The revival has also brought us back to The Next Generation with Star Trek: Picard. It gave viewers a different perspective on the franchise, one that has become more cynical – much like humanity – but it also pushed the franchise forward and opened up endless possibilities for the future.
“Lower Decks” has offered a wealth of new characters in a less-than-serious but 100% Trek animated series. And due to the overwhelming popularity of Anson Mount’s Pike, Ethan Peck’s Spock and Rebecca Romijn’s Number One in Discovery Season Two, a new series that will be “classic Star Trek,” “Strange New Worlds” is on the horizon. There are also rumors of more shows in the mix as well.
So what’s missing from this resurgence?
Eaglemoss has kept up to speed with their excellent ship models, Star Trek Online keeps up to speed with regular new content, novels continue to be produced and IDW Publishing continues to put out comics that tie-in to the franchise. However, with the exception of a few specialty items every now and again, there is no main mass market Star Trek toyline.
Sure, the first question you have to ask is simple. “Is there a market for this?”
That’s a very valid question, but I wouldn’t be writing this if I didn’t think the answer was “yes.”
I am an avid toy collector and I collect a range of toy lines, Marvel Legends, DC Multiverse, DC Collectibles, Mezco One:12, (of course) Playmates Star Trek … I’ve even got a couple Hot Toys.
Nowadays the toy market is aimed at collectors. We’re seeing a new line of G.I. Joes in the Marvel Legends style, a new series of Ghostbusters, including a revival of the Kenner Real Ghostbusters line. That’s where much of this comes from. In recent years, we’ve see toy lines revived to hit on people’s nostalgia and to give collectors the opportunity to have the toys they never did when they were younger. For me, that’s a big part of the mentality behind collecting. Masters of the Universe, Ninja Turtles and now Ghostbusters have all done it. The door is wide open for Star Trek.
There is one thing I notice about the most successful toy lines, they are consistent. The best examples are Marvel Legends and Star Wars. Marvel Legends specifically has been a line that has been consistent in scale and quality since they were first released by Toy Biz in 2002. Of course the quality has improved over the years, but the point is you can display the original figures with the latest releases and you’d never really know the difference.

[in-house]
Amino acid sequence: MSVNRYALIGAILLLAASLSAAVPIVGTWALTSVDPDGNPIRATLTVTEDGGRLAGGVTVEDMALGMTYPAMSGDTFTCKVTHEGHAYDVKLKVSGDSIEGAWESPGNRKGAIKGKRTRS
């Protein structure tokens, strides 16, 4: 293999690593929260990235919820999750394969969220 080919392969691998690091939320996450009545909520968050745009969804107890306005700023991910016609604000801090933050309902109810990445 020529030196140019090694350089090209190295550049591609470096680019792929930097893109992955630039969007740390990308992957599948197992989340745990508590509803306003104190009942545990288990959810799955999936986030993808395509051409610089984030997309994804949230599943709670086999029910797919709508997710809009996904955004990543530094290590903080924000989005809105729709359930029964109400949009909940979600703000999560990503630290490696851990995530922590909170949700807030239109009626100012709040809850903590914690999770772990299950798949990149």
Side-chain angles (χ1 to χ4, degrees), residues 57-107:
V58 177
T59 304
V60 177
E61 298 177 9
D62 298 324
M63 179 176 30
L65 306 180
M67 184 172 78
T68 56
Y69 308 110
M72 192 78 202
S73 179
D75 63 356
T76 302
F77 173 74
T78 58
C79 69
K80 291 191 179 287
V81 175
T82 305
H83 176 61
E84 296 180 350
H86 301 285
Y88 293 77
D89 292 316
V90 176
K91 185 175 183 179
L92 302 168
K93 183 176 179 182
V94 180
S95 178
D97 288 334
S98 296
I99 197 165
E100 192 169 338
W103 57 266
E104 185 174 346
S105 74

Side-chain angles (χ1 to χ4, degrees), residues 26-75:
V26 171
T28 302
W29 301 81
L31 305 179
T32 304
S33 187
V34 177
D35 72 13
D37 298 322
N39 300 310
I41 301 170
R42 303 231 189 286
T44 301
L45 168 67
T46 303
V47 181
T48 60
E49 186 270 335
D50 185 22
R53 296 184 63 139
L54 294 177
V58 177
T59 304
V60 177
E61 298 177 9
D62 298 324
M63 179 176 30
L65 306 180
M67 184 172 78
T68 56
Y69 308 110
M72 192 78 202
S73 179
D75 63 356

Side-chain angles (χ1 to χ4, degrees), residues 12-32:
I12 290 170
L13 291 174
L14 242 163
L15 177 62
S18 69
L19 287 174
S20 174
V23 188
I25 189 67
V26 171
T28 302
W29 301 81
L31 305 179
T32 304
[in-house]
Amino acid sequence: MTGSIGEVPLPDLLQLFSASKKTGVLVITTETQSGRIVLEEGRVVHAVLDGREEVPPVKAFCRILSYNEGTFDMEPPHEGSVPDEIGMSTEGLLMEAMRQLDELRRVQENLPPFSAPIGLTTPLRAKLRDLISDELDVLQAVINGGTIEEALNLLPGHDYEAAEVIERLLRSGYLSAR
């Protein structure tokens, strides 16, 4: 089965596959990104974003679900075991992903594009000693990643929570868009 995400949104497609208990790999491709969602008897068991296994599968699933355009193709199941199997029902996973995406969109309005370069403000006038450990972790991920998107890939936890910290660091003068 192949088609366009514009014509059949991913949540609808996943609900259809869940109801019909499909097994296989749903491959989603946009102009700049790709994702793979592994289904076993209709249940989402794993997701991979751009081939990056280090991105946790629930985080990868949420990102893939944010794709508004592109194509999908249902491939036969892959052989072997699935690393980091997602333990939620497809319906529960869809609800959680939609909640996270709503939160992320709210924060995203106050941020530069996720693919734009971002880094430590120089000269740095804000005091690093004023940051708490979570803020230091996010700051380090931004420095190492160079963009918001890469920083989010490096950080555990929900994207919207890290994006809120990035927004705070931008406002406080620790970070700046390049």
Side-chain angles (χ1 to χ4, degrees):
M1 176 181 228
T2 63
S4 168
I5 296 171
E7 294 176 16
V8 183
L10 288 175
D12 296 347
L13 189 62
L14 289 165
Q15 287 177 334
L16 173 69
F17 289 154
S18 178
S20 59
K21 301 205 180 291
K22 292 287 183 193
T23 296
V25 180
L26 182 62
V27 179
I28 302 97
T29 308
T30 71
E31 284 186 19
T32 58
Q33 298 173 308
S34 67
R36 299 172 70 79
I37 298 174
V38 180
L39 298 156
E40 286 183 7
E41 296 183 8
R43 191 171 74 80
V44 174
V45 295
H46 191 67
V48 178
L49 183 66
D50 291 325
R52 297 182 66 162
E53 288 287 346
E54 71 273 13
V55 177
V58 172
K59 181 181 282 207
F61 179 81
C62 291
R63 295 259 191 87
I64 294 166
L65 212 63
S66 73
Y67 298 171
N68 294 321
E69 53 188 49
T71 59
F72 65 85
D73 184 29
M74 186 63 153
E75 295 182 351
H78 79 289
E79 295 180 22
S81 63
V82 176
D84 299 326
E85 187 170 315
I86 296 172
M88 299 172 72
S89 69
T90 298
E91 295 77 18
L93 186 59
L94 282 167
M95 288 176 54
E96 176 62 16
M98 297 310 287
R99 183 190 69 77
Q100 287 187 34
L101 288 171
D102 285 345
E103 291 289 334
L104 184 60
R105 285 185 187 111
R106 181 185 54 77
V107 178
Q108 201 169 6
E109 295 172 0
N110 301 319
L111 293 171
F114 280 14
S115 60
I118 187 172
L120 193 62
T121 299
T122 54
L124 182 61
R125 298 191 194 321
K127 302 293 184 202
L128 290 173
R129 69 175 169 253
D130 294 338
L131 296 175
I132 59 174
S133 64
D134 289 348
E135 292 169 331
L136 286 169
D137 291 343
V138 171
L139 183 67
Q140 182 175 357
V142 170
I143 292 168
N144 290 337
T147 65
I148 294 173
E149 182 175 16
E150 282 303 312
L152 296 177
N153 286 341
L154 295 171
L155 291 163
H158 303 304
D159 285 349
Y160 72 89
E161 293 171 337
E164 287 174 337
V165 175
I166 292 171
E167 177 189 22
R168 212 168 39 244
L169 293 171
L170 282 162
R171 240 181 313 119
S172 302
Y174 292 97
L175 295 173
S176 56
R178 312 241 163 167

The point here is that consistency matters. Some of the best-selling brands are Marvel, Star Wars and WWE and the common thread between them over the years is consistency. That same consistency is what made the Playmates Star Trek line such a smash hit.
The Playmates Star Trek toy line is one of the most perfect series of toys ever released. I’d rank them high with Super Powers or Justice League Unlimited. The scope of characters, consistency and affordability make them stand out. Even today, there is a huge secondary market for the Playmates figures on eBay, conventions and specialty stores, and they are mostly affordable.
Now imagine if Playmates – or whoever would have the license – took the tooling of the 1990s line and revived it with new characters from Discovery, both the Prime and Kelvin movies, Picard, Strange New Worlds and beyond. There’s also potential to re-release figures from the original line creating a seamless continuation of this fantastic line.
It sure seems like a no-brainer to me and something collectors would jump on and Star Trek fans deserve. Could some aspects of the original line change? Sure they could. There could be better leg articulation, the head sculpts could be more detailed – although the original head sculpts are far ahead of their time in capturing the likenesses of the actors.
The bottom line is that a revival of the Playmates toys, so that a new Michael Burnham or Captain Pike can fit right alongside your ripped shirt Commander Riker or Motion Picture Admiral Kirk would be a collector’s dream. For kids just discovering Star Trek, or parents introducing their kids to Star Trek, there’s no better way to share the love of the franchise.
Why stop at just figures? Bring back the accessories, the starships and even expand the playsets. A re-issue of the Enterprise-D bridge, the Enterprise-E bridge, Discovery, Voyager… the possibilities are endless. Many toy companies have adopted crowd-funding and pre-order services to meet and match demand. There’s no reason Playmates or any other company couldn’t do this with a little bit of basic digital infrastructure for pre-orders.
The evidence such a revival could be successful exists in the history of the franchise. It exists in the secondary market of these toys, the way other franchises are revived, and ultimately in this wild and exciting resurgence of Star Trek.
Personally, all of this has been my long-form way of saying I want an official Anson Mount Captain Pike Playmates figure. I want a Captain Riker from Picard. I want a Michael Burnham. I’m sure I’m not the only one.
The time to do it is now. So I hope Playmates, or McFarlane or whoever has the license looks at the history of Star Trek, the success of Playmates Toys in the 1990s and the affinity people have for that toy line and simply say “Hit it.”